Discussions of Mormons and Mormon life, Book of Mormon issues and evidences, and other Latter-day Saint (LDS) topics.

Thursday, April 28, 2011

Henry Eyring and Henry J. Eyring: Books for Future Discussion

The Eyring name has played a big role in the Church. It's also been important in other fields such as chemistry and science in general. I'd like to mention two interesting books from a prominent Eyring, Henry J. Eyring, Vice President of Academic Affairs at BYU-Idaho.

The first book, Mormon Scientist: The Life and Faith of Henry Eyring (Deseret Book, 2008) is about his famous grandfather, Henry Eyring, the wise and lovable Mormon scientist from Princeton University (and later the University of Utah) who many felt should have received a Nobel Prize for his contributions to chemistry.

I had the privilege of meeting Dr. Henry Eyring just days after my mission while I was working for my uncle Daniel Miles in the Chemistry Dept. at the University of Utah. Henry Eyring still came into the office occasionally, though he had long since retired. He spoke kindly to me and told me that my great grandmother, Victoria Josephine Jarvis Miles, had taught him for a while in a little one-room school house. I think that occurred in Arizona--not sure right now. Later that year, he would pass away and many would miss that brilliant mind and faithful soul.

The book about Henry Eyring has been well received and widely reviewed, and is a credit to Henry J. Eyring's scholarship and writing. What's really got me excited, though, is a second book soon to come out, The Innovative University by Clayton Christensen (of Harvard Business School fame) and Henry J. Eyring, published by John Wiley & Sons (scheduled for August 2011). Thanks to the kindness of Henry J. Eyring, I'm working on a post about this book. For now I am happy to report that this further work of Henry J. Eyring, in collaboration with the master of disruptive innovation, Clayton Christensen, will represent another major reason why the Eyring name (and the Christensen name) will live on not just in LDS lore but in the world of academia and broader areas still. Hint: I think what this book could achieve is monumental. It's also downright fascinating.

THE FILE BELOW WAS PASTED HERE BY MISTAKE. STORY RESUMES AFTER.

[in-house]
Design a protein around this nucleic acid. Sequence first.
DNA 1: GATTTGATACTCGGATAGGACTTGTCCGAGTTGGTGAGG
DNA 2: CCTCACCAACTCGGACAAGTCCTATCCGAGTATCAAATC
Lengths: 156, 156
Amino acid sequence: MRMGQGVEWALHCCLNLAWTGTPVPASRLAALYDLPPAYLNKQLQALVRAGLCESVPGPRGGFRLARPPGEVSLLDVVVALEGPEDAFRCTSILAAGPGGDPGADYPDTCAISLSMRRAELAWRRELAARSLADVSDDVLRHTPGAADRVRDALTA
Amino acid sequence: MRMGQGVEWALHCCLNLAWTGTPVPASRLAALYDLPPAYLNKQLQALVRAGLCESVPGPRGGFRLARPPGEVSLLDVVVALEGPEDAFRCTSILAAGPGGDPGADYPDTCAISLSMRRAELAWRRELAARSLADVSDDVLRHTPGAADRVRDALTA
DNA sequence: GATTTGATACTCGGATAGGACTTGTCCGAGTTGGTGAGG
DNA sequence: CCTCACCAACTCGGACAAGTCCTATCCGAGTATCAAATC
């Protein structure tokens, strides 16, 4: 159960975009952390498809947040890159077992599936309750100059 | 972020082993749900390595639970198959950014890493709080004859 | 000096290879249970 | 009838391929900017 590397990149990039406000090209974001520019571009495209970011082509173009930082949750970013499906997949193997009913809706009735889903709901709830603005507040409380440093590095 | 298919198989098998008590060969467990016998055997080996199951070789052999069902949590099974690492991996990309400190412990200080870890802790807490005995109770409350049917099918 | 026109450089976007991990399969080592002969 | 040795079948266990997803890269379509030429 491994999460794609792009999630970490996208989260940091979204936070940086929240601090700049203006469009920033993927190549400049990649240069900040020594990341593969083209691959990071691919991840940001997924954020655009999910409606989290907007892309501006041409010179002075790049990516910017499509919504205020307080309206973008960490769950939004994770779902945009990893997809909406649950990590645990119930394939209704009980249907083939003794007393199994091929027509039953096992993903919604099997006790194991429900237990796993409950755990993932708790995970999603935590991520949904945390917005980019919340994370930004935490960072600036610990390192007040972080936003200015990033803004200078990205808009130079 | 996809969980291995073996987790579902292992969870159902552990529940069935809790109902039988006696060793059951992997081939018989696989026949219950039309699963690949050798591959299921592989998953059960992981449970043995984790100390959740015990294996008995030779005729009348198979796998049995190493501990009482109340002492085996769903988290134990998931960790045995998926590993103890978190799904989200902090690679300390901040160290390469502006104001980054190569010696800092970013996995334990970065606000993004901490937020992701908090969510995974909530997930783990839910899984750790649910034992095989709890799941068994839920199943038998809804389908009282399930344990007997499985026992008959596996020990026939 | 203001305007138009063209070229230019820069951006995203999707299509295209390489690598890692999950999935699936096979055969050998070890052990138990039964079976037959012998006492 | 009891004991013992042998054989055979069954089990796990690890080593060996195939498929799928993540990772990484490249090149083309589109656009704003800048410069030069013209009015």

I'll have more to say about The Innovative University in the near future.... And maybe more to say about the chemist, Henry Eyring. What a terrific legacy.

1 comment:

Tim said...

I personally prefer Eyring's "Reflections of a Scientist." Unfortunately, it's out of print, but it's available on Kindle.